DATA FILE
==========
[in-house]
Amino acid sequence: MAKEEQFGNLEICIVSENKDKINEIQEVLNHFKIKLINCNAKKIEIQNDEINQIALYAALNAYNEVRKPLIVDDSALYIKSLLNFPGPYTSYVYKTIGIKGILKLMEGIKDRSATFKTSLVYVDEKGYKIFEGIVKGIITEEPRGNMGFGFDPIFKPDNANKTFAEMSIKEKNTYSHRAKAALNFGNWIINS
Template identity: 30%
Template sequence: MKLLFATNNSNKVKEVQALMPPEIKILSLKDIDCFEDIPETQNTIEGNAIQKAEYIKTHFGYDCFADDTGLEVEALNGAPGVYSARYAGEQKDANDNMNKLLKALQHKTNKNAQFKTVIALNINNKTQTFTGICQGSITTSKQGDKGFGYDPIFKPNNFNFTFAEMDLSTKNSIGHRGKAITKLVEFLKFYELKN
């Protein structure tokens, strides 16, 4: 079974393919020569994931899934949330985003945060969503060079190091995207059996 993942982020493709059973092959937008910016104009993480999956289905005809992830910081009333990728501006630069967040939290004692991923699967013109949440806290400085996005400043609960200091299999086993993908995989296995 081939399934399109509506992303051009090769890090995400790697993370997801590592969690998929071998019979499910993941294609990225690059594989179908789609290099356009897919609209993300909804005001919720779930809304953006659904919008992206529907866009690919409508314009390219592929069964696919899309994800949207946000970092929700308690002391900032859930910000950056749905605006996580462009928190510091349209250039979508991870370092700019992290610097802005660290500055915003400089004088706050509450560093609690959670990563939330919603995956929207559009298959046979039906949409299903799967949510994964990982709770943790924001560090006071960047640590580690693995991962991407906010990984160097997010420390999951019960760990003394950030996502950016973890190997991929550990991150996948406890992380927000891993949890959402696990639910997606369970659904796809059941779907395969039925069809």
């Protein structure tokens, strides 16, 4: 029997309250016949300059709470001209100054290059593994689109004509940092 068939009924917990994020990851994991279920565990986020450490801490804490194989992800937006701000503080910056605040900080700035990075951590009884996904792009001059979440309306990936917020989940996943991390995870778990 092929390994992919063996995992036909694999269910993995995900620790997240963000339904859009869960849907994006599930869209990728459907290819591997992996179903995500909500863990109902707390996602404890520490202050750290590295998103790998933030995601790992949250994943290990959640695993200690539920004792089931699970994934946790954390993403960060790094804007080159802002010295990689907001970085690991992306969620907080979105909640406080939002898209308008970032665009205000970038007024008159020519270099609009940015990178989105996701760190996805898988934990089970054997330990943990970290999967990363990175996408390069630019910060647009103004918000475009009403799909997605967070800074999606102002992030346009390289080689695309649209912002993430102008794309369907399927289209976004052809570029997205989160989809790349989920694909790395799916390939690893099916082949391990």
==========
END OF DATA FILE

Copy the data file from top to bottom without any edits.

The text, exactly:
[in-house]
Amino acid sequence: MAKEEQFGNLEICIVSENKDKINEIQEVLNHFKIKLINCNAKKIEIQNDEINQIALYAALNAYNEVRKPLIVDDSALYIKSLLNFPGPYTSYVYKTIGIKGILKLMEGIKDRSATFKTSLVYVDEKGYKIFEGIVKGIITEEPRGNMGFGFDPIFKPDNANKTFAEMSIKEKNTYSHRAKAALNFGNWIINS
Template identity: 30%
Template sequence: MKLLFATNNSNKVKEVQALMPPEIKILSLKDIDCFEDIPETQNTIEGNAIQKAEYIKTHFGYDCFADDTGLEVEALNGAPGVYSARYAGEQKDANDNMNKLLKALQHKTNKNAQFKTVIALNINNKTQTFTGICQGSITTSKQGDKGFGYDPIFKPNNFNFTFAEMDLSTKNSIGHRGKAITKLVEFLKFYELKN
């Protein structure tokens, strides 16, 4: 079974393919020569994931899934949330985003945060969503060079190091995207059996 993942982020493709059973092959937008910016104009993480999956289905005809992830910081009333990728501006630069967040939290004692991923699967013109949440806290400085996005400043609960200091299999086993993908995989296995 081939399934399109509506992303051009090769890090995400790697993370997801590592969690998929071998019979499910993941294609990225690059594989179908789609290099356009897919609209993300909804005001919720779930809304953006659904919008992206529907866009690919409508314009390219592929069964696919899309994800949207946000970092929700308690002391900032859930910000950056749905605006996580462009928190510091349209250039979508991870370092700019992290610097802005660290500055915003400089004088706050509450560093609690959670990563939330919603995956929207559009298959046979039906949409299903799967949510994964990982709770943790924001560090006071960047640590580690693995991962991407906010990984160097997010420390999951019960760990003394950030996502950016973890190997991929550990991150996948406890992380927000891993949890959402696990639910997606369970659904796809059941779907395969039925069809």
């Protein structure tokens, strides 16, 4: 029997309250016949300059709470001209100054290059593994689109004509940092 068939009924917990994020990851994991279920565990986020450490801490804490194989992800937006701000503080910056605040900080700035990075951590009884996904792009001059979440309306990936917020989940996943991390995870778990 092929390994992919063996995992036909694999269910993995995900620790997240963000339904859009869960849907994006599930869209990728459907290819591997992996179903995500909500863990109902707390996602404890520490202050750290590295998103790998933030995601790992949250994943290990959640695993200690539920004792089931699970994934946790954390993403960060790094804007080159802002010295990689907001970085690991992306969620907080979105909640406080939002898209308008970032665009205000970038007024008159020519270099609009940015990178989105996701760190996805898988934990089970054997330990943990970290999967990363990175996408390069630019910060647009103004918000475009009403799909997605967070800074999606102002992030346009390289080689695309649209912002993430102008794309369907399927289209976004052809570029997205989160989809790349989920694909790395799916390939690893099916082949391990």